Arts and Entertainment
Jake Quickenden and Edwina Currie are joining the I'm A Celebrity...Get Me Out Of Here! camp
tv
Arts and Entertainment
George Mpanga has been shortlisted for the Critics’ Choice prize
music
Arts and Entertainment
Roisin, James and Sanjay in the boardroom
tvReview: This week's failing project manager had to go
PROMOTED VIDEO
Arts and Entertainment
Carrie Hope Fletcher
booksFirst video bloggers conquered YouTube. Now they want us to buy their books
Arts and Entertainment
Damien Hirst
artCoalition's anti-culture policy and cuts in local authority spending to blame, says academic
Have you tried new the Independent Digital Edition apps?
Arts and Entertainment

ebooksNow available in paperback
Arts and Entertainment

ebooks
Arts and Entertainment
A comedy show alumni who has gone on to be a big star, Jon Stewart
tvRival television sketch shows vie for influential alumni
Arts and Entertainment
Jason goes on a special mission for the queen
tvReview: Everyone loves a CGI Cyclops and the BBC's Saturday night charmer is getting epic
Arts and Entertainment
Image has been released by the BBC
tv
Arts and Entertainment
Will there ever be a Friends reunion?
TV
News
Harry Hill plays the Professor in the show and hopes it will help boost interest in science among young people
arts + ents
Arts and Entertainment
A Van Gogh sold at Sotheby’s earlier this month
art
Arts and Entertainment

MusicThe band accidentally called Londoners the C-word

Arts and Entertainment
It would 'mean a great deal' to Angelina Jolie if she won the best director Oscar for Unbroken

Film 'I've never been comfortable on-screen', she says

Arts and Entertainment
Winnie the Pooh has been branded 'inappropriate' in Poland
books
Arts and Entertainment
Lee Evans is quitting comedy to spend more time with his wife and daughter

comedy
Arts and Entertainment
American singer, acclaimed actor of stage and screen, political activist and civil rights campaigner Paul Robeson (1898 - 1976), rehearses in relaxed mood at the piano.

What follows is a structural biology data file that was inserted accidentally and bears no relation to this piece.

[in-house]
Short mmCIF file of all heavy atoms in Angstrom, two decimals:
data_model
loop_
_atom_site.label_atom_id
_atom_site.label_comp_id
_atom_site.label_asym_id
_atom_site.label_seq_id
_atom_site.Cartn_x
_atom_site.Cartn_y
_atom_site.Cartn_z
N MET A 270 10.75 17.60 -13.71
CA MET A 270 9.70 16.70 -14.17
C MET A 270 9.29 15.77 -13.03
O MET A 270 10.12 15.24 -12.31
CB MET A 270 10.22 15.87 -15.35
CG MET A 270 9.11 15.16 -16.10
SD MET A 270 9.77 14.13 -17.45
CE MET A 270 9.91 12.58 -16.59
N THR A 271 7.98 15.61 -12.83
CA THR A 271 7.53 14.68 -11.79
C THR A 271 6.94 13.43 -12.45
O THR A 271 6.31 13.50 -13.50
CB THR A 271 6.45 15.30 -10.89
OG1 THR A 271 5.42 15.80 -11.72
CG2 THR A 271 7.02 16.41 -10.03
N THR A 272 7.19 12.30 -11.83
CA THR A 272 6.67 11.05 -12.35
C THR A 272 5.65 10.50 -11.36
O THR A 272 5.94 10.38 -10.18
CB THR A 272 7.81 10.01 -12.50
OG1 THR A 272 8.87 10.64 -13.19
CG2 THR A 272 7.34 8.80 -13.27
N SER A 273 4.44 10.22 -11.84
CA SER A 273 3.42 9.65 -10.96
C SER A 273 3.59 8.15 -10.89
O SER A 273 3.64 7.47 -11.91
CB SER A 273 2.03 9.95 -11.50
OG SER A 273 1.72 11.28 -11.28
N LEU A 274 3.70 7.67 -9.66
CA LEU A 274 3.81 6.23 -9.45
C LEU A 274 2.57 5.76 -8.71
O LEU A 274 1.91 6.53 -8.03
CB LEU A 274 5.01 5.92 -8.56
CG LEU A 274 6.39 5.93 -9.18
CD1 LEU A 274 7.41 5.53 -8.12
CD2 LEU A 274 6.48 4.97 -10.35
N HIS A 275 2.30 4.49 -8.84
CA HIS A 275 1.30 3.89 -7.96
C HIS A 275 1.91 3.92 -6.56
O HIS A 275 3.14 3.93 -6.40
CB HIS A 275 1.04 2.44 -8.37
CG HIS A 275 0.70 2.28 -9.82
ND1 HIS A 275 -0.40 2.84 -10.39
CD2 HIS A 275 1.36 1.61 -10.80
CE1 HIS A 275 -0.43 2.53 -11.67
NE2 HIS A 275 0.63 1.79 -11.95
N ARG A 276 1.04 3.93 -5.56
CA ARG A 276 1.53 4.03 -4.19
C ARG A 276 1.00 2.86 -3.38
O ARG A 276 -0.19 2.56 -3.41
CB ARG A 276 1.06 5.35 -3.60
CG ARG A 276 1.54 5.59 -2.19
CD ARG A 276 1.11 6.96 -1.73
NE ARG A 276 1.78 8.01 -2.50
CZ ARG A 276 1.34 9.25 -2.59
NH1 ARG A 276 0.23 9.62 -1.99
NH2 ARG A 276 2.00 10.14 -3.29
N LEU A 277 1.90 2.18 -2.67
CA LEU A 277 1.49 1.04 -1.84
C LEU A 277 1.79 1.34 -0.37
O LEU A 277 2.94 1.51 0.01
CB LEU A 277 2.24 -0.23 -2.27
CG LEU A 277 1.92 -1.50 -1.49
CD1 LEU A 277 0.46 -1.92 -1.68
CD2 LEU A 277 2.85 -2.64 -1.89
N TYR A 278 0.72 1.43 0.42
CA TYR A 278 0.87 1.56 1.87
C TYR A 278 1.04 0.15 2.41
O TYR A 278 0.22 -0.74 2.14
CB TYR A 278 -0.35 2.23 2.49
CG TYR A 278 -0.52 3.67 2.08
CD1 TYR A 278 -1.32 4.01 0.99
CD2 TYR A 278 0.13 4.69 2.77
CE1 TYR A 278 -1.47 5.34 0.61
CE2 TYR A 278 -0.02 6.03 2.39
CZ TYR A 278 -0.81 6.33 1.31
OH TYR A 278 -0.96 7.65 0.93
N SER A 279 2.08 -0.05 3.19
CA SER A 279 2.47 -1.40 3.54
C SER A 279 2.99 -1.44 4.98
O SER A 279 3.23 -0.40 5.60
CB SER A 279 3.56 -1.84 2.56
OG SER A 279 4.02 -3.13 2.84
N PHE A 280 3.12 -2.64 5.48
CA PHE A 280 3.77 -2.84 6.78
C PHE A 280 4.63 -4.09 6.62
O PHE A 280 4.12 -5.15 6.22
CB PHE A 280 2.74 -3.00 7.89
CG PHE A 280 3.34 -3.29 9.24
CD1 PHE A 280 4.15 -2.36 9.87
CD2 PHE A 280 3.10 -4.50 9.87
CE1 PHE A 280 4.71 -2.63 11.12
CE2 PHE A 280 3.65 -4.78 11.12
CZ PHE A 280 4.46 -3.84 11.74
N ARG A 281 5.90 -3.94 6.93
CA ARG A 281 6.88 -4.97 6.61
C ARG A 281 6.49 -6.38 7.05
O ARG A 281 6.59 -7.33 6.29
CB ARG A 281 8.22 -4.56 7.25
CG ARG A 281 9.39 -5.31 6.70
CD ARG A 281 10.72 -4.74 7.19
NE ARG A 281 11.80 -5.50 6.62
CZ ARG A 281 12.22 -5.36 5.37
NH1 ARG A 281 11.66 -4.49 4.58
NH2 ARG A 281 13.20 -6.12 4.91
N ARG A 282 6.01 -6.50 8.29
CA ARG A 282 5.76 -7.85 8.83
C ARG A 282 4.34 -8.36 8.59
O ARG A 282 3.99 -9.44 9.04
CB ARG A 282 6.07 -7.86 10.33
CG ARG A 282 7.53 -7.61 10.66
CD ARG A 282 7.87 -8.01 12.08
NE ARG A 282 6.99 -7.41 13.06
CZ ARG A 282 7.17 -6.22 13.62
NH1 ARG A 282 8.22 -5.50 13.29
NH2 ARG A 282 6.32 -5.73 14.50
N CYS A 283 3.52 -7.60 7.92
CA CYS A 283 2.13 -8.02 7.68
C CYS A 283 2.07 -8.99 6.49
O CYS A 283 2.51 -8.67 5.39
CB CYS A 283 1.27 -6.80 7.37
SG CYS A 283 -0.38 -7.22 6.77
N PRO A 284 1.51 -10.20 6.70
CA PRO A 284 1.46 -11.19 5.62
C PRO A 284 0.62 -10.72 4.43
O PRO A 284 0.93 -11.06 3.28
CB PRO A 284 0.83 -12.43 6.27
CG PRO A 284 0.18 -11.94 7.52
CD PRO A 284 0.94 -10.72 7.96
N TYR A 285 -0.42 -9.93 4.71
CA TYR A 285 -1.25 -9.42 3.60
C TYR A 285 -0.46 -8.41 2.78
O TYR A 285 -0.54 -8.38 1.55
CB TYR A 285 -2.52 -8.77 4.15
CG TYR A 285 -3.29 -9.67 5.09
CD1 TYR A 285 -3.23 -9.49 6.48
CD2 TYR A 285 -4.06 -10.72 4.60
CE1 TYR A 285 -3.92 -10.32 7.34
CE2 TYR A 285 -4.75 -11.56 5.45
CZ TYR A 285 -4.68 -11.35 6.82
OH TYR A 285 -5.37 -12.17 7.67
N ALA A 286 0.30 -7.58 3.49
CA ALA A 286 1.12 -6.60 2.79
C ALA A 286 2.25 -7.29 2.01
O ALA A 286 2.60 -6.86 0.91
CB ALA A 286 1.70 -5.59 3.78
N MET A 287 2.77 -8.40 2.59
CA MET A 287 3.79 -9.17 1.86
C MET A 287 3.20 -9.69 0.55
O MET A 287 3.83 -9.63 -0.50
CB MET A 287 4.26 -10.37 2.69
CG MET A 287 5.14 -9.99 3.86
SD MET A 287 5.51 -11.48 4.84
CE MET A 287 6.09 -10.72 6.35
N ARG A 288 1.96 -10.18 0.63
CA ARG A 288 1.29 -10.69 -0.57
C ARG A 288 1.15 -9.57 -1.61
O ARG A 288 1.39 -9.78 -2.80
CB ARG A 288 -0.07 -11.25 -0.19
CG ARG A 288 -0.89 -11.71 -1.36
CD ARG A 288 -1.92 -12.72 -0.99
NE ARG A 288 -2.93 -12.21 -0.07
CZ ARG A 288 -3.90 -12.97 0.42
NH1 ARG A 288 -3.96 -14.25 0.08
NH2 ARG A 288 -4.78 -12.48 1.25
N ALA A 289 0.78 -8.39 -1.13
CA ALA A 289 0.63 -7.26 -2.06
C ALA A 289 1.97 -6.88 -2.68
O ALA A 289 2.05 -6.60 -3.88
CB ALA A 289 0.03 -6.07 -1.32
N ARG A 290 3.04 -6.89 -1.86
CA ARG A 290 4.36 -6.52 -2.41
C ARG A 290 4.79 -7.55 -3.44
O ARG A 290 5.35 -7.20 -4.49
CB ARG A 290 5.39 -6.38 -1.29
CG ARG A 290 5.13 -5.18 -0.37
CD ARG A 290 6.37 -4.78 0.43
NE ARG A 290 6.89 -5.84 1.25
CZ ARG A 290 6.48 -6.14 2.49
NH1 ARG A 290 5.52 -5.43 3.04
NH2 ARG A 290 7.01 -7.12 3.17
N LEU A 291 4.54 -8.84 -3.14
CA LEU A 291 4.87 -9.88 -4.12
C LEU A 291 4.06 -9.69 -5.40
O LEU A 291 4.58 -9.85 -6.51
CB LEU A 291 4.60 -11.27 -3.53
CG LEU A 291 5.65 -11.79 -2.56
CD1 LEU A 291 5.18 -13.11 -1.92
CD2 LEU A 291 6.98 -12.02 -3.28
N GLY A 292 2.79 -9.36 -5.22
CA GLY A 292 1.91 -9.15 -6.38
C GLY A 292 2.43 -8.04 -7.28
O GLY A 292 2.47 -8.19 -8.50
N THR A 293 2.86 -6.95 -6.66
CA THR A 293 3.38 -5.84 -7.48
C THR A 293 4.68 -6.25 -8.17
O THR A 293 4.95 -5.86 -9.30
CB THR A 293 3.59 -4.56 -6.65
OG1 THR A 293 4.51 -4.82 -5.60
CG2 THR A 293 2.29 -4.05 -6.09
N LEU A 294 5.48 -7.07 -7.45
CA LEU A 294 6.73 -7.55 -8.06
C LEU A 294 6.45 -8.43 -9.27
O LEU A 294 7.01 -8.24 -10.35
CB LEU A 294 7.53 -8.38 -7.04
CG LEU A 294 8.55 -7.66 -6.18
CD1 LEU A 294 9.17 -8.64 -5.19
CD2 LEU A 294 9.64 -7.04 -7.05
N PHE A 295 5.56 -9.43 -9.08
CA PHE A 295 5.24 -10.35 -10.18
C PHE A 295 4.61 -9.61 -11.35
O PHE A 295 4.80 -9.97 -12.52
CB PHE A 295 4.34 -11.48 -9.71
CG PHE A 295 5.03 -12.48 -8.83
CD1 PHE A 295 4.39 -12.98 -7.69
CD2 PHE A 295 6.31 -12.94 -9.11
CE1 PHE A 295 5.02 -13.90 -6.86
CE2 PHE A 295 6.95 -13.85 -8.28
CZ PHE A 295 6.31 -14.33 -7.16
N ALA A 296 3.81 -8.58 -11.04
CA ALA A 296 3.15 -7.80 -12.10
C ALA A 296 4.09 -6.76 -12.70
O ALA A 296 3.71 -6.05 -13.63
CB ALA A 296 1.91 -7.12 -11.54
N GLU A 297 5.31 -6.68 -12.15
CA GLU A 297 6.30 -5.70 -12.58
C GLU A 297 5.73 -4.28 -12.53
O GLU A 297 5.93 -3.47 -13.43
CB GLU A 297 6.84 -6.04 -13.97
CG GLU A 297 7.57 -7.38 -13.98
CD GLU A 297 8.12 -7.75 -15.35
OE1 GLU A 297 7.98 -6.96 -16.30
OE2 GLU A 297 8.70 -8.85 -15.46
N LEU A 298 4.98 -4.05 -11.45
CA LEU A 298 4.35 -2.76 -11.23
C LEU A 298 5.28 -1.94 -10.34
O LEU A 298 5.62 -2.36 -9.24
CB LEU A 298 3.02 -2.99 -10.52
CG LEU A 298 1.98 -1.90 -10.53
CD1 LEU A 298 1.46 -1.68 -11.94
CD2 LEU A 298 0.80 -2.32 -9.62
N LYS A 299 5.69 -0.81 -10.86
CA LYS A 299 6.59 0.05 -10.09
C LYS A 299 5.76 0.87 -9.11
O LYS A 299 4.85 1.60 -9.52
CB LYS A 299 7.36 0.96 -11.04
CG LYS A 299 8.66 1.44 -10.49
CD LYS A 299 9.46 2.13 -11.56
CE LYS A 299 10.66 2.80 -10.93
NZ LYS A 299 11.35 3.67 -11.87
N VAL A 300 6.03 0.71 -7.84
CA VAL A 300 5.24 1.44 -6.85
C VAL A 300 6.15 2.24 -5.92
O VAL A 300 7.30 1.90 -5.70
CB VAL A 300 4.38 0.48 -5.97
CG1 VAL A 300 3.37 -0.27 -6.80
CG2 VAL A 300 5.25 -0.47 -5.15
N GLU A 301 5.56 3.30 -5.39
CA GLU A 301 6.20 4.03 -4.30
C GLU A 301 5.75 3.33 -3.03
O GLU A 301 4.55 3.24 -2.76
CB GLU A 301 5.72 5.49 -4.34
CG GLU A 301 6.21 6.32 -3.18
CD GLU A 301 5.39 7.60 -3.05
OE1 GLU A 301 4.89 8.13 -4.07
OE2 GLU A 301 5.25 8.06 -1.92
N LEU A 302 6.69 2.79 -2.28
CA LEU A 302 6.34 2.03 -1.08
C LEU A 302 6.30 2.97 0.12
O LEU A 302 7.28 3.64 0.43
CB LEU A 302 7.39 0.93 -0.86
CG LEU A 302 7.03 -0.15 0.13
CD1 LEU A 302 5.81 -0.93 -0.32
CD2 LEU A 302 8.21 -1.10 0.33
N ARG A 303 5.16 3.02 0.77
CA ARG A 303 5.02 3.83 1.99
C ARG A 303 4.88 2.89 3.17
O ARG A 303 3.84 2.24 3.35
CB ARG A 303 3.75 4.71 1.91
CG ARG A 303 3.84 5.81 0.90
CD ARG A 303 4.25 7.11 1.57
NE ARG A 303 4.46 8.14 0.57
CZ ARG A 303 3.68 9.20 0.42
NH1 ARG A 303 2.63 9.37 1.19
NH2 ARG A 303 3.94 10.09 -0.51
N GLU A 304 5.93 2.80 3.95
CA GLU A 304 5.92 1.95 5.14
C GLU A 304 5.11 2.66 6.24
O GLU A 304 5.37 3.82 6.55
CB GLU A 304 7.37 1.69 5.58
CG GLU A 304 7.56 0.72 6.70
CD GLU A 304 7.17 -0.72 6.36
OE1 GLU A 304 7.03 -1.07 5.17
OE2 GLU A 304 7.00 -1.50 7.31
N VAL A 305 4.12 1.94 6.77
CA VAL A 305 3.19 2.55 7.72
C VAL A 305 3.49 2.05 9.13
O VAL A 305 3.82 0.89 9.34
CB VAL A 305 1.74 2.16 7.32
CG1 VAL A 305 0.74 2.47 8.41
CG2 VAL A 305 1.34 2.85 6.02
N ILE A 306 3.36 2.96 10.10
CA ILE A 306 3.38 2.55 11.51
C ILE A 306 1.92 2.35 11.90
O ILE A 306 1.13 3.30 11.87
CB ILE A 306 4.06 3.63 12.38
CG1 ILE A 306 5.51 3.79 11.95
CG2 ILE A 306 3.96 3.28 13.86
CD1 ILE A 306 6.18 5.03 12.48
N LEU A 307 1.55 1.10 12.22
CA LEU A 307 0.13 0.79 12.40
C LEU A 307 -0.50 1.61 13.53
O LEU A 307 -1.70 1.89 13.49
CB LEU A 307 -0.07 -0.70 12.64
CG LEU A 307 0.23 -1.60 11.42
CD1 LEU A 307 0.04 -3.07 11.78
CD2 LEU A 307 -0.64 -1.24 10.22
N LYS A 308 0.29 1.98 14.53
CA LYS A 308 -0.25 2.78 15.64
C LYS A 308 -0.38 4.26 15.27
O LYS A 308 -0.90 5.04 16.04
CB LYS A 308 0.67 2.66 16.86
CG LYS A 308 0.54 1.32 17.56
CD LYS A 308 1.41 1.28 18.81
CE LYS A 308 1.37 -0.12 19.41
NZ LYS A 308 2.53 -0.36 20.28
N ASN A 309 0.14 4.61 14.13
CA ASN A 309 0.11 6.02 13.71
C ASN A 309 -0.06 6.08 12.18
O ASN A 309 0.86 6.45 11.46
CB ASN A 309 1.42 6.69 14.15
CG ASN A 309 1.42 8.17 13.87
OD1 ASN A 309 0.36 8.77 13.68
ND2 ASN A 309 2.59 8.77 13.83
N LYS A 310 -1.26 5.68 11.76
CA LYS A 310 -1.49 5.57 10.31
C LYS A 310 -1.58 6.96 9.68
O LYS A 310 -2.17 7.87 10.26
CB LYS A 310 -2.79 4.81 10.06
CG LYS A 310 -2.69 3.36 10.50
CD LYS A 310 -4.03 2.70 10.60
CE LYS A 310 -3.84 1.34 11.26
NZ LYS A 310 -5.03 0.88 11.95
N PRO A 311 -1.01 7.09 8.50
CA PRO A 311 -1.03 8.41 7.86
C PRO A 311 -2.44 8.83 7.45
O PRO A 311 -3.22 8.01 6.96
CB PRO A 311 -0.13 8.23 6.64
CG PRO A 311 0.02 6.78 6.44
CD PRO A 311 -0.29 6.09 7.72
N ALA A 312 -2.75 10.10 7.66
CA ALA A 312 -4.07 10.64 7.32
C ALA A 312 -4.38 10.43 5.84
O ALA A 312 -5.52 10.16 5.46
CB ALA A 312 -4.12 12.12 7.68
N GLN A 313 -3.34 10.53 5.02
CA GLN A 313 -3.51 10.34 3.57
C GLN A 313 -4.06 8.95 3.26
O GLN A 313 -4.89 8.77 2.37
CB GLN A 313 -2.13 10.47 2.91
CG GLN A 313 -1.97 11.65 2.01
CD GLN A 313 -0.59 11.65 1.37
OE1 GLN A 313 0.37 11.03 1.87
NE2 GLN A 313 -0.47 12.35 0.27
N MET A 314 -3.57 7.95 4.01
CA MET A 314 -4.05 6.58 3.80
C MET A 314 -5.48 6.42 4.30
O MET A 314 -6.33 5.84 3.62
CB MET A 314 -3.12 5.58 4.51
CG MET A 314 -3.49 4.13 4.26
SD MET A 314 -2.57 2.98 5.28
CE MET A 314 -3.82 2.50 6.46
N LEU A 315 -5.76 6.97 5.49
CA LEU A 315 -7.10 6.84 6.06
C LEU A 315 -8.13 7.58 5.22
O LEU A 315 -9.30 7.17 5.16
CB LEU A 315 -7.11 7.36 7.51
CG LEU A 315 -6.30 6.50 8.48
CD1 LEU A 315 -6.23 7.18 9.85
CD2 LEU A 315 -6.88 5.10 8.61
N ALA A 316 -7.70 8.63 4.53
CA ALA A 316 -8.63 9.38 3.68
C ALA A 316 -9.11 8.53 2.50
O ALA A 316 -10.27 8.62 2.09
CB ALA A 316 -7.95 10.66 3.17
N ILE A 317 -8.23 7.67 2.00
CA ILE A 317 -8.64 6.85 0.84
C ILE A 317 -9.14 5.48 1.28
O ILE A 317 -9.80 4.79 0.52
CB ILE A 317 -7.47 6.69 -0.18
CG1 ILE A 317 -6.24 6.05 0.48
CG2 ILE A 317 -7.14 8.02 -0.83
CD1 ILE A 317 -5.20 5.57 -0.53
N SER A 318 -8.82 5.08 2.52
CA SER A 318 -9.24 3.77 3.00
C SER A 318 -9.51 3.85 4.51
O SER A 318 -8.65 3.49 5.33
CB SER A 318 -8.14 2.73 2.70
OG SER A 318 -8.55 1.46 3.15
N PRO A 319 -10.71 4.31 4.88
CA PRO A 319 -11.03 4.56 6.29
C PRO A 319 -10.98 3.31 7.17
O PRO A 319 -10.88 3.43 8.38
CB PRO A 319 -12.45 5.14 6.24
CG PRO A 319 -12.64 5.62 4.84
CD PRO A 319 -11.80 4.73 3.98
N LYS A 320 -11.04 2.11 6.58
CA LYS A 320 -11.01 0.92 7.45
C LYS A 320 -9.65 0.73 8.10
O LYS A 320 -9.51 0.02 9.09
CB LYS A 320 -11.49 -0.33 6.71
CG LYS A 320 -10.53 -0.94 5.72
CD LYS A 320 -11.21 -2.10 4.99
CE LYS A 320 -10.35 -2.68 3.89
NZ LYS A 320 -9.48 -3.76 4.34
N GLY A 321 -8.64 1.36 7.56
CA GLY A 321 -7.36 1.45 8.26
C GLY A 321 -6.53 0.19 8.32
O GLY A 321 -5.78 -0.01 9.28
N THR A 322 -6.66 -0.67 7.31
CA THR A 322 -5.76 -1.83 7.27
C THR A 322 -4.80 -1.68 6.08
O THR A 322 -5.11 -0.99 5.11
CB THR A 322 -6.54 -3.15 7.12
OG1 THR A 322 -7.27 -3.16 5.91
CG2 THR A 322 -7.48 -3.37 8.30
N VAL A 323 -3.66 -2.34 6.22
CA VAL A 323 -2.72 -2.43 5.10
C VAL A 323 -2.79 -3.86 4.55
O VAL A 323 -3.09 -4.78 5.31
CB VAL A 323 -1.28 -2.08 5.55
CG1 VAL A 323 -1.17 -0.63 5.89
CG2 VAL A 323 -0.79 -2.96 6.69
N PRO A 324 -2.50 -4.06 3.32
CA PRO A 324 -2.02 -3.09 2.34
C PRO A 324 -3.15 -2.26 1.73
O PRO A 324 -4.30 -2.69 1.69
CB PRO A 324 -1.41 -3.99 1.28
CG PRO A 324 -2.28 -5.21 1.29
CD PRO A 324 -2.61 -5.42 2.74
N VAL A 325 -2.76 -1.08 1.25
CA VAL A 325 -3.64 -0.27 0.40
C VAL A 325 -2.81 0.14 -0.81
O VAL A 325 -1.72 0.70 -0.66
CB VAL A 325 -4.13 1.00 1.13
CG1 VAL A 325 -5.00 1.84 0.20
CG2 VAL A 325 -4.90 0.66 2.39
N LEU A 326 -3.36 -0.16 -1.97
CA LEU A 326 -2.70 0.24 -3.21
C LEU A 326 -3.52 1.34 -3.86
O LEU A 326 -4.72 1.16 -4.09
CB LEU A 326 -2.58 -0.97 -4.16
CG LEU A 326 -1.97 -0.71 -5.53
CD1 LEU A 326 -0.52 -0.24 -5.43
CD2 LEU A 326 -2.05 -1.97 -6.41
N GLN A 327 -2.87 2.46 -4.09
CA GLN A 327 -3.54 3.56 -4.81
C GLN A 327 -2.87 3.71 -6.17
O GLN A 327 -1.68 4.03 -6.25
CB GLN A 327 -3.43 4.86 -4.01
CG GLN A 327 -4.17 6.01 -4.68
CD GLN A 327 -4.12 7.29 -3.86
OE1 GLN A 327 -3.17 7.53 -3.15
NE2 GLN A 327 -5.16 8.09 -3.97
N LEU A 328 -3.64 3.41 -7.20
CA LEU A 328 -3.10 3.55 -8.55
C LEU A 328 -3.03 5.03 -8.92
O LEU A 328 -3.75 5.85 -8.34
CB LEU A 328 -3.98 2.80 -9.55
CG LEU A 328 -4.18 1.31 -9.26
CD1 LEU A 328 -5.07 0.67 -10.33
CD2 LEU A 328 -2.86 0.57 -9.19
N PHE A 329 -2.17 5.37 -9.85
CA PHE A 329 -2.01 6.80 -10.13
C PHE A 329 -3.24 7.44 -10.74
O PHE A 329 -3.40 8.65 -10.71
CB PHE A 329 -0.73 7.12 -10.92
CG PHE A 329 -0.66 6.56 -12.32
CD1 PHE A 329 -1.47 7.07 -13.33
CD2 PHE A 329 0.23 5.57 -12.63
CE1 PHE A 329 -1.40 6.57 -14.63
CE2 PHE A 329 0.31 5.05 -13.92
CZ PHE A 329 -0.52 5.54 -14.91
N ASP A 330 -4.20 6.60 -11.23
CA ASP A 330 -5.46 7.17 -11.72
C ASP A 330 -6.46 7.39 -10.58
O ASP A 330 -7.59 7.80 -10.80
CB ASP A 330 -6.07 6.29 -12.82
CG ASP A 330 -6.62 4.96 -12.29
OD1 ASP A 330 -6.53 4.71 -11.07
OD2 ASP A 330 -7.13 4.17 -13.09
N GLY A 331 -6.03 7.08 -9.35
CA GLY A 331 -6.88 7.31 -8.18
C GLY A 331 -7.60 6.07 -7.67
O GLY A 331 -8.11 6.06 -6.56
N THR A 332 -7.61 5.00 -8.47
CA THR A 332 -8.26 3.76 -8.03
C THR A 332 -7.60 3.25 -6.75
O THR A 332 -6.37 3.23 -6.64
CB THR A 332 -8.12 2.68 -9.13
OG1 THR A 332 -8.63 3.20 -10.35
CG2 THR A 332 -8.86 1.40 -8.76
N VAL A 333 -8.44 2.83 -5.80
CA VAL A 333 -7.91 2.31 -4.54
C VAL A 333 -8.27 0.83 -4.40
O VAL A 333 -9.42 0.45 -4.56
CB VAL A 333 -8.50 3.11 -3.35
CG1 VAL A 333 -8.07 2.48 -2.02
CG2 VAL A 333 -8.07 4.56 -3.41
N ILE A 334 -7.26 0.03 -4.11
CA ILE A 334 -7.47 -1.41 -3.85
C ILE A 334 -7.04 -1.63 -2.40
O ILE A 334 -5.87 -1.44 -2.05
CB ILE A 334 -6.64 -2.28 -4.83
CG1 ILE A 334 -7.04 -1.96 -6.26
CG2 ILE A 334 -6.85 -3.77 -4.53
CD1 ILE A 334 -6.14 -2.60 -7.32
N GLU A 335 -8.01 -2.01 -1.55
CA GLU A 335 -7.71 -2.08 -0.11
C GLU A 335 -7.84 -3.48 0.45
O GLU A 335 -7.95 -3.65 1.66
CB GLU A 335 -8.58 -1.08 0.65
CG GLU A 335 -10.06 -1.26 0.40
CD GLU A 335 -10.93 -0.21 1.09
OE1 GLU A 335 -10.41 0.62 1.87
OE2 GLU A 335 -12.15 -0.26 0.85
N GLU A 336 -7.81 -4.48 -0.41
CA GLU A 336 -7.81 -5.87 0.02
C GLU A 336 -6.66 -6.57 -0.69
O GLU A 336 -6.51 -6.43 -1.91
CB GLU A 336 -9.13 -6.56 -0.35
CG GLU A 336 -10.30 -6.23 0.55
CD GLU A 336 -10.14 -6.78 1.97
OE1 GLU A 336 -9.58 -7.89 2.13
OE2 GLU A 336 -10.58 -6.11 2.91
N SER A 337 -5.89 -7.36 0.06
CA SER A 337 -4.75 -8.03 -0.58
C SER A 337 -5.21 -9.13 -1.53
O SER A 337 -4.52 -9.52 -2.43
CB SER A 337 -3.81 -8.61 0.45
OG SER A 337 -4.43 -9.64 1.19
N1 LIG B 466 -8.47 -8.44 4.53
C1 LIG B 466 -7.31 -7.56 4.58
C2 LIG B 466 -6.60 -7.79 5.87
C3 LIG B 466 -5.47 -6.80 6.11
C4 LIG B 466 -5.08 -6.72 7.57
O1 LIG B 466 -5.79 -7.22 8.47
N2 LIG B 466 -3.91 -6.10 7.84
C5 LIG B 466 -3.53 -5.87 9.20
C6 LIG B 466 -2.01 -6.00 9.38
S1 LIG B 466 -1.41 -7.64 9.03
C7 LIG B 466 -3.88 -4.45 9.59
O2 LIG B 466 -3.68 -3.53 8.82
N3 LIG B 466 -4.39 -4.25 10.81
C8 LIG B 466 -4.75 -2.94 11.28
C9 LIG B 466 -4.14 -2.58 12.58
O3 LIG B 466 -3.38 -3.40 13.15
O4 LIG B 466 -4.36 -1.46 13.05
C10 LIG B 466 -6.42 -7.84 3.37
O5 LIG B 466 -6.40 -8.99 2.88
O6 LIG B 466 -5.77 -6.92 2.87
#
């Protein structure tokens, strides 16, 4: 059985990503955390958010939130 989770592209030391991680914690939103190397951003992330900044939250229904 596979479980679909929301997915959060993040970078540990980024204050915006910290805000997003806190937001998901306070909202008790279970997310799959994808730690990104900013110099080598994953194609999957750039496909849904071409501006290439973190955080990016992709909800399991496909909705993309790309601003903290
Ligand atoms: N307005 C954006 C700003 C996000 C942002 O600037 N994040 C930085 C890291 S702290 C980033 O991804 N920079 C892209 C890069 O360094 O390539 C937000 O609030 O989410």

filmSinger, actor, activist, athlete: Paul Robeson was a cultural giant. But prejudice and intolerance drove him to a miserable death. Now his story is to be told in film...
Arts and Entertainment
Taylor Swift is dominating album and singles charts worldwide

music
Arts and Entertainment
Kieron Richardson plays gay character Ste Hay in Channel 4 soap Hollyoaks

tv
Arts and Entertainment
Midge Ure and Sir Bob Geldof outside the Notting Hill recording studios for Band Aid 30

music
Arts and Entertainment
Look out: Broad shoulders take Idris Elba’s DCI John Luther a long way
tvIdris Elba will appear in two special episodes for the BBC next year
Latest stories from i100
Have you tried new the Independent Digital Edition apps?

ES Rentals

    Independent Dating
    and  

    By clicking 'Search' you
    are agreeing to our
    Terms of Use.

    Cameron, Miliband and Clegg join forces for Homeless Veterans campaign

    Cameron, Miliband and Clegg join forces for Homeless Veterans campaign

    It's in all our interests to look after servicemen and women who fall on hard times, say party leaders
    Millionaire Sol Campbell wades into wealthy backlash against Labour's mansion tax

    Sol Campbell cries foul at Labour's mansion tax

    The former England defender joins Myleene Klass, Griff Rhys Jones and Melvyn Bragg in criticising proposals